New detector accelerates protein crystallography

60s on the new detector were sufficient to obtain the electron density of the PETase enzyme.

60s on the new detector were sufficient to obtain the electron density of the PETase enzyme. © HZB

<p class="MsoPlainText">The MX-beamline 14.1 has been upgraded with a new, better, faster and more sensitive PILATUS-detector.</p> <p class="MsoPlainText">&nbsp;

The MX-beamline 14.1 has been upgraded with a new, better, faster and more sensitive PILATUS-detector.

  © HZB

Last week a new detector was installed at one of the three MX beamlines at HZB. Compared to the old detector the new one is better, faster and more sensitive. It allows to acquire complete data sets of complex proteins within a very short time.

Proteins consist of thousands of building blocks that can form complex architectures with folded or entangled regions. However, their shape plays a decisive role in the function of the protein in the organism. Using macromolecular crystallography at BESSY II, it is possible to decipher the architecture of protein molecules. For this purpose, tiny protein crystals are irradiated with X-ray light from the synchrotron source BESSY II. From the obtained diffraction patterns, the morphology of the molecules can be calculated.

Now the MX team at BESSY II has put a new detector into operation at the MX beamline 14.1, which works about 2 to 3 times faster than before. The team analysed a crystal from the enzyme PETase as a sample. PETase does partially degrade the plastic PET. In less than a minute, the detector was able to record a complete diffraction data set, which includes data from an angular range of 180 degrees. The data set consists of 1200 images, each of which was exposed to X-rays for 45 milliseconds. "The resulting electron density was of excellent quality and showed all structural features of the enzyme," explains Dr. Manfred Weiss, who leads the MX team at BESSY II.

The success of the HZB MX beamlines is documented by more than 3000 PDB entries from experimental beamtime from more than a hundred international user groups from academia and pharmaceutical research companies.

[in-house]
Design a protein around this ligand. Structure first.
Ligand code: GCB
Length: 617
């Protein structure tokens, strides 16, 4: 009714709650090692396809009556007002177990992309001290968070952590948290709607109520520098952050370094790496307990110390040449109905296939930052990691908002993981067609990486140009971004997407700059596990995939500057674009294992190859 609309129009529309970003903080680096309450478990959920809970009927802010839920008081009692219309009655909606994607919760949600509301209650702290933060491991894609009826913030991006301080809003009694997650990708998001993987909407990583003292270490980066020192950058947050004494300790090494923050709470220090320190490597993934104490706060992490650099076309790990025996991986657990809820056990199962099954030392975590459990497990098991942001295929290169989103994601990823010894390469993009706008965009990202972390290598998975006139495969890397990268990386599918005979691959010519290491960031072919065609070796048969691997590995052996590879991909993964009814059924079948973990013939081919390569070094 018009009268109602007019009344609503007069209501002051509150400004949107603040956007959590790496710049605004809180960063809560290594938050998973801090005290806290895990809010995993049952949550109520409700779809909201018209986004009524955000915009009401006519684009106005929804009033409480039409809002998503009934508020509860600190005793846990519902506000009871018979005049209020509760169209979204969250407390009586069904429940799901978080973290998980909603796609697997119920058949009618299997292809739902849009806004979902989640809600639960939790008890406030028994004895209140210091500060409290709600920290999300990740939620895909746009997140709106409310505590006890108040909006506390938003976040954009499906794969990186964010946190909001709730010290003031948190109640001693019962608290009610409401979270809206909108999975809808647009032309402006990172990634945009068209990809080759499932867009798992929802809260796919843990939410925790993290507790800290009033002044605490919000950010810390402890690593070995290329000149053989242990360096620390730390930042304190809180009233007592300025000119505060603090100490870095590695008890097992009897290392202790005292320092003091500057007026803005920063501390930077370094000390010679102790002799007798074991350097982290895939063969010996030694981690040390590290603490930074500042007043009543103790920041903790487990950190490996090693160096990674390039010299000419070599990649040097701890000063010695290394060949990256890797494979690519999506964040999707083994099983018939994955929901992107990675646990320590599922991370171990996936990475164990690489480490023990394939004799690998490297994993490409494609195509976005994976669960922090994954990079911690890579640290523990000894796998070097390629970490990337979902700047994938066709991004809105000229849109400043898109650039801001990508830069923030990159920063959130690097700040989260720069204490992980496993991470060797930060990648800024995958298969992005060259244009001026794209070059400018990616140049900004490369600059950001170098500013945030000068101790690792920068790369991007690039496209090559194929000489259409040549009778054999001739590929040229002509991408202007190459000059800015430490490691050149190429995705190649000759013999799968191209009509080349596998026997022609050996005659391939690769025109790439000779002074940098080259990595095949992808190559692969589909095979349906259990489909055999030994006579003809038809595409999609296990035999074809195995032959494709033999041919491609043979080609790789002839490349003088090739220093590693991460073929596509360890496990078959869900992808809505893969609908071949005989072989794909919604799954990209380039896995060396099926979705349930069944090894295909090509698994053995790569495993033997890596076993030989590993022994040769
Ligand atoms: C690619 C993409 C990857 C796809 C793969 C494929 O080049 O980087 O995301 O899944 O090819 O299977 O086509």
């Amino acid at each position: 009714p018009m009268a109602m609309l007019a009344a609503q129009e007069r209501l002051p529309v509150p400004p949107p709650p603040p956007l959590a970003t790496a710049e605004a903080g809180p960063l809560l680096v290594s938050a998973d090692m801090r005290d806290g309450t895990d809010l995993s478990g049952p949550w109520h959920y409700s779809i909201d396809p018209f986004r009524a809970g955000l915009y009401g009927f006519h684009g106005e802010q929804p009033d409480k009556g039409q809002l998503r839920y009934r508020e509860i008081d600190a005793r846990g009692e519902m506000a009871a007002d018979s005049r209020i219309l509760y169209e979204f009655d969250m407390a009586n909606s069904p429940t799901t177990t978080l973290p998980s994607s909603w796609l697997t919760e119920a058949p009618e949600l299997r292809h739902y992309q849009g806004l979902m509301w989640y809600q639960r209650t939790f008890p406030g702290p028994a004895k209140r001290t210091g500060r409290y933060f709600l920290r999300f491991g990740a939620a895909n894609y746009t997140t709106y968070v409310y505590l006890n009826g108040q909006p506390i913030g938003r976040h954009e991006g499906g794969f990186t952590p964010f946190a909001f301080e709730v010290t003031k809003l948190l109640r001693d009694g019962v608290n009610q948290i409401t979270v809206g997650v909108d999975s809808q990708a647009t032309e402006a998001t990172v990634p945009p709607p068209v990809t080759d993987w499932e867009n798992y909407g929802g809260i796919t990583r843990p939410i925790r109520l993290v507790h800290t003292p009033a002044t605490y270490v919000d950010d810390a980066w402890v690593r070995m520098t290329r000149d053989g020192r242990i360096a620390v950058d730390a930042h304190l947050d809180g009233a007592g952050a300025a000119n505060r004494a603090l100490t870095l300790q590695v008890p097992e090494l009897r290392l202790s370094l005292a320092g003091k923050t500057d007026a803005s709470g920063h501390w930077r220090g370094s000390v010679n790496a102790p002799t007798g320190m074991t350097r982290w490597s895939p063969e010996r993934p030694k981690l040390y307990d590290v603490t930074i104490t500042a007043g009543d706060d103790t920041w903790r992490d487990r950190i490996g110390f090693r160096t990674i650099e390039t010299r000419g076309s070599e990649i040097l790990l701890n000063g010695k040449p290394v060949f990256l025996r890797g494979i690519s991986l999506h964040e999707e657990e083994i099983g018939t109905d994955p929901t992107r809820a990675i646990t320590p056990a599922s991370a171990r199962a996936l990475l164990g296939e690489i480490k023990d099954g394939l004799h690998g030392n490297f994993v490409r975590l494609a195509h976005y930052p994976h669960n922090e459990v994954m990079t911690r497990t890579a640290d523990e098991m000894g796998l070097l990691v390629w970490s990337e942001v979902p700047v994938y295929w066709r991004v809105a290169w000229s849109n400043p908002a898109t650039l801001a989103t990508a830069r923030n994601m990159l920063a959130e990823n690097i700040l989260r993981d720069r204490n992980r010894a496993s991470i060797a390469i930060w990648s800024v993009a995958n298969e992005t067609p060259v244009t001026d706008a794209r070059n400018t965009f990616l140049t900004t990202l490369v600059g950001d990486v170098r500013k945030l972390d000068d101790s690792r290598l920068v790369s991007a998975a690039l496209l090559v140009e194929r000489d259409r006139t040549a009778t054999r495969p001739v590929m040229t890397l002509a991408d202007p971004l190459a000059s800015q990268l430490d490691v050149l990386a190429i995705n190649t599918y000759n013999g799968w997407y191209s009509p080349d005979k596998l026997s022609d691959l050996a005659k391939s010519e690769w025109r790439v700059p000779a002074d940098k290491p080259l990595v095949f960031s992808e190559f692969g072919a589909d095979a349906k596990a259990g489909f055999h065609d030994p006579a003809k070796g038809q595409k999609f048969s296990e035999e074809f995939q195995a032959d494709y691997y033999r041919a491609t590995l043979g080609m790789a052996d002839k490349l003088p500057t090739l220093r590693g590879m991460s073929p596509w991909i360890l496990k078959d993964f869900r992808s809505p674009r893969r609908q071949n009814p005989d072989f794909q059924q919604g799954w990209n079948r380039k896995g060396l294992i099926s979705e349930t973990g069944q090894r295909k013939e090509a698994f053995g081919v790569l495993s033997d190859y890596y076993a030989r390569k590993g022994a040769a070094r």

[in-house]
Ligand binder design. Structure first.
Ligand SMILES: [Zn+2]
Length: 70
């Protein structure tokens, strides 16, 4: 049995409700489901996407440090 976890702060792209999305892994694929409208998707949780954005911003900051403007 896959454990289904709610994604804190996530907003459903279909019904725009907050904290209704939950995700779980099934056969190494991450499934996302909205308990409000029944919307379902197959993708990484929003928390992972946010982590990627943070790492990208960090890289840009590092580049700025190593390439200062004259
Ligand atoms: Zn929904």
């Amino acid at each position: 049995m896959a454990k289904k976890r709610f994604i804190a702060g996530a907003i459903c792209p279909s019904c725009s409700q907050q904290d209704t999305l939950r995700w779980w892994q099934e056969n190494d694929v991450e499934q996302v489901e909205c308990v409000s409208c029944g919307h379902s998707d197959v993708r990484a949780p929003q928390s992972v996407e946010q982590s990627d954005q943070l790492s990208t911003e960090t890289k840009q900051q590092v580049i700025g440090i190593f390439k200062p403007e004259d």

red.


You might also be interested in

  • MXenes for energy storage: Chemical imaging more than just surface deep
    Science Highlight
    17.06.2024
    MXenes for energy storage: Chemical imaging more than just surface deep
    A new method in spectromicroscopy significantly improves the study of chemical reactions at the nanoscale, both on surfaces and inside layered materials. Scanning X-ray microscopy (SXM) at MAXYMUS beamline of BESSY II enables the investigation of chemical species adsorbed on the top layer (surface) or intercalated within the MXene electrode (bulk) with high chemical sensitivity. The method was developed by a HZB team led by Dr. Tristan Petit. The scientists demonstrated among others first SXM on MXene flakes, a material used as electrode in lithium-ion batteries.
  • New joint leadership for BESSY II
    News
    13.06.2024
    New joint leadership for BESSY II
    Andreas Jankowiak as new Technical Director and Facility Spokesperson Antje Vollmer share management responsibilities

    Prof. Andreas Jankowiak has been appointed Technical Director of BESSY II with a term of office of three years as of 1 June 2024 by resolution of the HZB board of directors. Antje Vollmer will start her second term as BESSY II Facility Spokesperson on 1 July 2024. Together, they form the new management duo to coordinate the scientific and technical development of the BESSY II X-ray source on behalf of the HZB management.

  • Chilean President visits Helmholtz-Zentrum Berlin
    News
    12.06.2024
    Chilean President visits Helmholtz-Zentrum Berlin
    The President of Chile, Gabriel Boric Font, visited HZB on Tuesday with a delegation of 50 people. Among the highlights of the evening were the signing of a Memorandum of Understanding between the Chilean Corporation for the Promotion of Production (CORFO) and HZB and a visit to BESSY II light source.